New Yorkers vied for seats with New Haven theatregoers for the 1947 world premiere of Tennessee Williams' A Streetcar Named Desire. Twenty-four-year-old Marlon Brando played Stanley Kowalski, electrifying audiences.

In 1956, Shubert curtains raised on what would be one of the most financially and critically successful musicals of all time, My Fair Lady. Lyricist-librettist Alan Jay Lerner and producer Herman Levin tried to postpone the opening show at the very last minute, after every seat had been sold, because Rex Harrison, who played Henry Higgins, refused to perform. He wanted more time to rehearse with the Shubert's unfamiliar orchestra. But the house manager refused to turn away the crowd that had braved a blizzard to get there, and Harrison gave in. The curtains snagged on the sets, and the first act ran 25 minutes too long, but the show received a standing ovation nonetheless. The week in New Haven was a learning experience for the My Fair Lady company. By the time they moved on to Philadelphia only a fine polishing was needed before the highly anticipated Broadway opening. The young actress Julie Andrews, who played Eliza, was already the talk of the theatre world. The show became a legendary success.

Other Broadway-destined shows to premiere at the theatre in the 1950s and 1960s included Teahouse of the August Moon with John Forsythe and David Wayne, The Desperate Hours with Paul Newman and Karl Malden, Call Me Madam with Ethel Merman and Eugene O'Neill's Long Day's Journey into Night with Frederic March and Jason Robards.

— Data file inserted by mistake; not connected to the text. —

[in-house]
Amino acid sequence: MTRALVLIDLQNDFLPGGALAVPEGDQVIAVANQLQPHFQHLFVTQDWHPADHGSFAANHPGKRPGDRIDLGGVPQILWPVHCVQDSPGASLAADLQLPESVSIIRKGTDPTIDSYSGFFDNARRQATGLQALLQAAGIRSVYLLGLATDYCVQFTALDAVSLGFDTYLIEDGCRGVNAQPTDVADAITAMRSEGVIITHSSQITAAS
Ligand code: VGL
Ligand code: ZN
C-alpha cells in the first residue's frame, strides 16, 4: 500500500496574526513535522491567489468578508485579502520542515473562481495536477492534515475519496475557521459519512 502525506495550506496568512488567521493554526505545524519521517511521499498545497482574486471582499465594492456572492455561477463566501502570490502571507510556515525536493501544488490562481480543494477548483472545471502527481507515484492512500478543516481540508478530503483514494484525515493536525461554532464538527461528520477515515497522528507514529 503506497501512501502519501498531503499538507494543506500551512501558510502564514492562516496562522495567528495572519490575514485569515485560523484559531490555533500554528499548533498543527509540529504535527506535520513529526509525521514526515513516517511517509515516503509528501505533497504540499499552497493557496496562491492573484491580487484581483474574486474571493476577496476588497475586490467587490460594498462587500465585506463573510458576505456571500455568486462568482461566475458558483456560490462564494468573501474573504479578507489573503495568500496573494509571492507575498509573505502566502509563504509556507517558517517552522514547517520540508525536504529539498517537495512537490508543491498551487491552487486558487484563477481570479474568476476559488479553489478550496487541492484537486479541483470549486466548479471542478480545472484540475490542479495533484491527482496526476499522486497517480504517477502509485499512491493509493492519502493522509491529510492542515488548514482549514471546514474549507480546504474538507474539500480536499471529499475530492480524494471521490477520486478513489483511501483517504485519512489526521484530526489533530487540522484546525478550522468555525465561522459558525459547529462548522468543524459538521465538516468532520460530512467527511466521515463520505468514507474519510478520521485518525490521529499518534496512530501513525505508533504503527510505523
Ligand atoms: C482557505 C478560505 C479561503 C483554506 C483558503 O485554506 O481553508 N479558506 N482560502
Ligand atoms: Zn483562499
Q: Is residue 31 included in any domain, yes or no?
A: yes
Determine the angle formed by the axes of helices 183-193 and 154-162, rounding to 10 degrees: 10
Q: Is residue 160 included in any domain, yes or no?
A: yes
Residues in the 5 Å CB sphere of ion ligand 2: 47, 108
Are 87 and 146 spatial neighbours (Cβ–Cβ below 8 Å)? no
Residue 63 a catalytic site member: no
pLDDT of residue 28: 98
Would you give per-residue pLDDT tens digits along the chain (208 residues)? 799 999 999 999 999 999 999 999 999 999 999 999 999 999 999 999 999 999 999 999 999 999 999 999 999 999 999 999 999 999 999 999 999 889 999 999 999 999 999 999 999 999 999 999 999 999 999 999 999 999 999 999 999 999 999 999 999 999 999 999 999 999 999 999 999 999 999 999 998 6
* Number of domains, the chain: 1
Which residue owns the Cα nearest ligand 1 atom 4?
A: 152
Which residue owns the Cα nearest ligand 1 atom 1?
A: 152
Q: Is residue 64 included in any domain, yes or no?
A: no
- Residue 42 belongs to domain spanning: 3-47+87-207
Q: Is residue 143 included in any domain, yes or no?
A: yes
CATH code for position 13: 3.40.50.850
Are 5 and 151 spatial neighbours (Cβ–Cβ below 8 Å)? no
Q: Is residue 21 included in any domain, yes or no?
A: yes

Humphrey Bogart, Katharine Hepburn, Robert Redford, James Earl Jones and John Travolta, among many others, tasted sweet success on the Shubert stage.

Rising production costs and the fall-off of new shows forced the Shubert to close in 1976. Architect Robert Wendler and the Fusco Corporation restored the theatre over a seven-year period, paying careful attention to historical accuracy. They leveled the Adams Hotel on College Street to make room for a new lobby, as downtown New Haven was going through a period of deterioration. The complex was renamed the Shubert Performing Arts Theatre in 1981.

The Shubert's current presenting organization is Columbus Association for the Performing Arts (CAPA). Breathing cultural life back into the city, the non-profit Shubert venue is now known primarily for post-Broadway tours, but in recent years presented pre-Broadway engagements of Frank Wildhorn's Jekyll & Hyde and The Adventures of Tom Sawyer, as well as the American premiere of the new Abbey Theatre production The Playboy of the Western World. National tours scheduled for the 2008-2009 season include A Midsummer Night's Dream, Mamma Mia!, Footloose and Cats.


(At This Theatre — a exclusive — is based on historical notes provided by the venue and other sources, and is not an attempt to offer a complete history of the venue. This national touring house sketch follows in Playbill's tradition of profiling Broadway theatres. For information about Louis Botto's hardcover "At This Theatre," edited by Robert Viagas, visit the Playbill Store. To suggest a regional venue for a future profile, e-mail [email protected].)